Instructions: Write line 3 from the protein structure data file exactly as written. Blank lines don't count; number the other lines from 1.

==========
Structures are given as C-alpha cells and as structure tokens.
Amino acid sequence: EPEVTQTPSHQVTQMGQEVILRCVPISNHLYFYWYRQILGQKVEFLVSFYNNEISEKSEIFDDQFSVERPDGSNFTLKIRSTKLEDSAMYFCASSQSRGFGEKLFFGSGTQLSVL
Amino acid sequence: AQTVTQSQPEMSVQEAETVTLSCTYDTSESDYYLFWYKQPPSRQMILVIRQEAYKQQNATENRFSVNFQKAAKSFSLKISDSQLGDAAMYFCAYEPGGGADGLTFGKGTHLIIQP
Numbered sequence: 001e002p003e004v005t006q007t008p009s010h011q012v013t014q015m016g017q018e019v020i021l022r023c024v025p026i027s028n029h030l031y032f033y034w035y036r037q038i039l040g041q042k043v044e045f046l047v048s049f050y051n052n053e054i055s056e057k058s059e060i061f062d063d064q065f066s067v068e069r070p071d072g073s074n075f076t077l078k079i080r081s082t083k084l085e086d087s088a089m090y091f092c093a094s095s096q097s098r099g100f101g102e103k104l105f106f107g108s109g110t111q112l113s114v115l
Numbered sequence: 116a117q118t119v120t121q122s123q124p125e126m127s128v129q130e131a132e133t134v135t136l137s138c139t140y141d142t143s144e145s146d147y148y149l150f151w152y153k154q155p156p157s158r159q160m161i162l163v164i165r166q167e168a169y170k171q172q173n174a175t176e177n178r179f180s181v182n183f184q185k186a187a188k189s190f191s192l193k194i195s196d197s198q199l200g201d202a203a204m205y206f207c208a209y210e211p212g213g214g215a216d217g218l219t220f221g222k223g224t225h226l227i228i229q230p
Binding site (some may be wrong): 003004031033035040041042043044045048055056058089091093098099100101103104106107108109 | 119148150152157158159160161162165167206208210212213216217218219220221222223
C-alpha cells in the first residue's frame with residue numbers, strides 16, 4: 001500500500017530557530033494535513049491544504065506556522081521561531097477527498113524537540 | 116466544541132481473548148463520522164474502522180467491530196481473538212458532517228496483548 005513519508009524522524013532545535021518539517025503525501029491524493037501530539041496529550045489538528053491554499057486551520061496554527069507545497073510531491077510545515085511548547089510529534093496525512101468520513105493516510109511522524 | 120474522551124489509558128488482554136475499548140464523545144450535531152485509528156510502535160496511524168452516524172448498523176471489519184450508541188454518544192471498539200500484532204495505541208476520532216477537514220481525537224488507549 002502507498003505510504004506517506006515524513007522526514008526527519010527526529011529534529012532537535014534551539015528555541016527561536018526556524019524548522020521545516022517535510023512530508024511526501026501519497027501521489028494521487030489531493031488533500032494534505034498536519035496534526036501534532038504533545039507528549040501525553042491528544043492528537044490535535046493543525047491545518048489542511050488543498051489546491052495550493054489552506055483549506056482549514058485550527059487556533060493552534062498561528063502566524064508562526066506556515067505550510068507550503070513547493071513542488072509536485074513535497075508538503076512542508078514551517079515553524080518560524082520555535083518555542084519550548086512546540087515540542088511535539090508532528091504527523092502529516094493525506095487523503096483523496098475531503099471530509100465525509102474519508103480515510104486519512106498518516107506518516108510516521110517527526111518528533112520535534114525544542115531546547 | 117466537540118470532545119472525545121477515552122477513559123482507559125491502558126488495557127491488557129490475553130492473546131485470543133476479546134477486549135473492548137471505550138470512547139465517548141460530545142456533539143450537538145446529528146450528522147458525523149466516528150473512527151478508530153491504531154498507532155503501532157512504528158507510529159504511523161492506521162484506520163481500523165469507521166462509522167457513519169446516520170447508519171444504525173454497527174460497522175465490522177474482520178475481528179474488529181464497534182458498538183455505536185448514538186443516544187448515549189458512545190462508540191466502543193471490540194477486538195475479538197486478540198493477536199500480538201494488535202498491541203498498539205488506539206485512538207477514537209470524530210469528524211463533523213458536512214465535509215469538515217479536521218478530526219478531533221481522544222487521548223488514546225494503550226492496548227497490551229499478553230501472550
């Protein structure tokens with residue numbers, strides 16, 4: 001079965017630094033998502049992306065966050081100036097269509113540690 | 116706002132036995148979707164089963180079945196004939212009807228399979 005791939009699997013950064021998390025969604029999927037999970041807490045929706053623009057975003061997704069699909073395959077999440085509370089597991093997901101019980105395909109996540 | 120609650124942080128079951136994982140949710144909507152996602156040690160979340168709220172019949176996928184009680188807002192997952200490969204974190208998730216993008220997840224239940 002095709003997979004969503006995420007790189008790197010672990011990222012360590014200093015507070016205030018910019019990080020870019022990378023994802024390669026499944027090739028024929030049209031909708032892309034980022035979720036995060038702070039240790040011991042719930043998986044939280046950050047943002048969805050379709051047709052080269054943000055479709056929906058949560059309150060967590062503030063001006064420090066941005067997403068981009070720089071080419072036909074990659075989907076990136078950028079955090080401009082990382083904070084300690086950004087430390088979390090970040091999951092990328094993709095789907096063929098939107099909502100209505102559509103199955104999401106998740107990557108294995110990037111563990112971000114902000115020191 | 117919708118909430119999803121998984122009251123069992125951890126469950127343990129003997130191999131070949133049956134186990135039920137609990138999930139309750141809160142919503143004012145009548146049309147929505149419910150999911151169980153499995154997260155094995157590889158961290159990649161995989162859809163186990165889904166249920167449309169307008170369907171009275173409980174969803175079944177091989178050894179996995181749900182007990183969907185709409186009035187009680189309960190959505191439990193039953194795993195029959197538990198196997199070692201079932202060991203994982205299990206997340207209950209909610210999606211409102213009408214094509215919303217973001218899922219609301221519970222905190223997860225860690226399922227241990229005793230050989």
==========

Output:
Amino acid sequence: AQTVTQSQPEMSVQEAETVTLSCTYDTSESDYYLFWYKQPPSRQMILVIRQEAYKQQNATENRFSVNFQKAAKSFSLKISDSQLGDAAMYFCAYEPGGGADGLTFGKGTHLIIQP